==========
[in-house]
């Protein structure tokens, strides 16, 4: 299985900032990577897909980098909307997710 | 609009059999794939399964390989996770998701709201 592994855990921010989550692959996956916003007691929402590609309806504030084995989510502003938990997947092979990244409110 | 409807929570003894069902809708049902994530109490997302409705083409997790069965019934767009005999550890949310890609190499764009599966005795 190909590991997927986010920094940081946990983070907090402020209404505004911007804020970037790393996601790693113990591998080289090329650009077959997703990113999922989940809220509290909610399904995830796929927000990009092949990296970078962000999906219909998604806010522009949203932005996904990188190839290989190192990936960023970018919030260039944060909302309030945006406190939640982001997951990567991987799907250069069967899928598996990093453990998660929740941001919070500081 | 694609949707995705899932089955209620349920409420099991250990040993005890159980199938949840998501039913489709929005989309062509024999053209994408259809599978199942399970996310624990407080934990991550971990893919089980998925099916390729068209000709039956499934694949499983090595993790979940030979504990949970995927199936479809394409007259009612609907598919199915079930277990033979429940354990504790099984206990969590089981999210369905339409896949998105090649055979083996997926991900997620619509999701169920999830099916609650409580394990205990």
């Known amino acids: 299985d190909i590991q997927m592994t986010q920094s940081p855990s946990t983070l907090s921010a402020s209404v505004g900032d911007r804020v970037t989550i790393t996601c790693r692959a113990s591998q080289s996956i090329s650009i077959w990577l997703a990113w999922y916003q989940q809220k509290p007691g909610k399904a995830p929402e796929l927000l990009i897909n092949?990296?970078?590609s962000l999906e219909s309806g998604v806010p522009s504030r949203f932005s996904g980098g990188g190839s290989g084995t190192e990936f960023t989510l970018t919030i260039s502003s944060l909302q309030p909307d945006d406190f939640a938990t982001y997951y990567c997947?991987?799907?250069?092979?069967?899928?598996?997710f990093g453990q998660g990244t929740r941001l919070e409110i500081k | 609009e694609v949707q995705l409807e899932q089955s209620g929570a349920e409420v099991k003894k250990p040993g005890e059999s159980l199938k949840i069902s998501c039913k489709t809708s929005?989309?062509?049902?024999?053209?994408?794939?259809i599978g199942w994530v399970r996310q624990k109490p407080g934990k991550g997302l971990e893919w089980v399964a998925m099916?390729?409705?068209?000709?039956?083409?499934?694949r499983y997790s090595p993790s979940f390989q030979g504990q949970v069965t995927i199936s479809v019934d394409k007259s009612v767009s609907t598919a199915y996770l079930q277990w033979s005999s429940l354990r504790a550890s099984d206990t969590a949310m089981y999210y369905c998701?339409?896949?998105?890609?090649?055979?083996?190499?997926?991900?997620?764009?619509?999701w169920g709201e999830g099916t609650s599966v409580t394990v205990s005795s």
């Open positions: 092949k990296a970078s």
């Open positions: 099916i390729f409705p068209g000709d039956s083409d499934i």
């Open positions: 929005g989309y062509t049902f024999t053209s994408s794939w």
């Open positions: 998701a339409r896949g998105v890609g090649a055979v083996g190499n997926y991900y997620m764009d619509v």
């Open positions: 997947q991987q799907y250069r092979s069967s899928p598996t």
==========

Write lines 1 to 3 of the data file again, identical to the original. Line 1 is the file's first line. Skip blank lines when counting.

[in-house]
């Protein structure tokens, strides 16, 4: 299985900032990577897909980098909307997710 | 609009059999794939399964390989996770998701709201 592994855990921010989550692959996956916003007691929402590609309806504030084995989510502003938990997947092979990244409110 | 409807929570003894069902809708049902994530109490997302409705083409997790069965019934767009005999550890949310890609190499764009599966005795 190909590991997927986010920094940081946990983070907090402020209404505004911007804020970037790393996601790693113990591998080289090329650009077959997703990113999922989940809220509290909610399904995830796929927000990009092949990296970078962000999906219909998604806010522009949203932005996904990188190839290989190192990936960023970018919030260039944060909302309030945006406190939640982001997951990567991987799907250069069967899928598996990093453990998660929740941001919070500081 | 694609949707995705899932089955209620349920409420099991250990040993005890159980199938949840998501039913489709929005989309062509024999053209994408259809599978199942399970996310624990407080934990991550971990893919089980998925099916390729068209000709039956499934694949499983090595993790979940030979504990949970995927199936479809394409007259009612609907598919199915079930277990033979429940354990504790099984206990969590089981999210369905339409896949998105090649055979083996997926991900997620619509999701169920999830099916609650409580394990205990």
């Known amino acids: 299985d190909i590991q997927m592994t986010q920094s940081p855990s946990t983070l907090s921010a402020s209404v505004g900032d911007r804020v970037t989550i790393t996601c790693r692959a113990s591998q080289s996956i090329s650009i077959w990577l997703a990113w999922y916003q989940q809220k509290p007691g909610k399904a995830p929402e796929l927000l990009i897909n092949?990296?970078?590609s962000l999906e219909s309806g998604v806010p522009s504030r949203f932005s996904g980098g990188g190839s290989g084995t190192e990936f960023t989510l970018t919030i260039s502003s944060l909302q309030p909307d945006d406190f939640a938990t982001y997951y990567c997947?991987?799907?250069?092979?069967?899928?598996?997710f990093g453990q998660g990244t929740r941001l919070e409110i500081k | 609009e694609v949707q995705l409807e899932q089955s209620g929570a349920e409420v099991k003894k250990p040993g005890e059999s159980l199938k949840i069902s998501c039913k489709t809708s929005?989309?062509?049902?024999?053209?994408?794939?259809i599978g199942w994530v399970r996310q624990k109490p407080g934990k991550g997302l971990e893919w089980v399964a998925m099916?390729?409705?068209?000709?039956?083409?499934?694949r499983y997790s090595p993790s979940f390989q030979g504990q949970v069965t995927i199936s479809v019934d394409k007259s009612v767009s609907t598919a199915y996770l079930q277990w033979s005999s429940l354990r504790a550890s099984d206990t969590a949310m089981y999210y369905c998701?339409?896949?998105?890609?090649?055979?083996?190499?997926?991900?997620?764009?619509?999701w169920g709201e999830g099916t609650s599966v409580t394990v205990s005795s």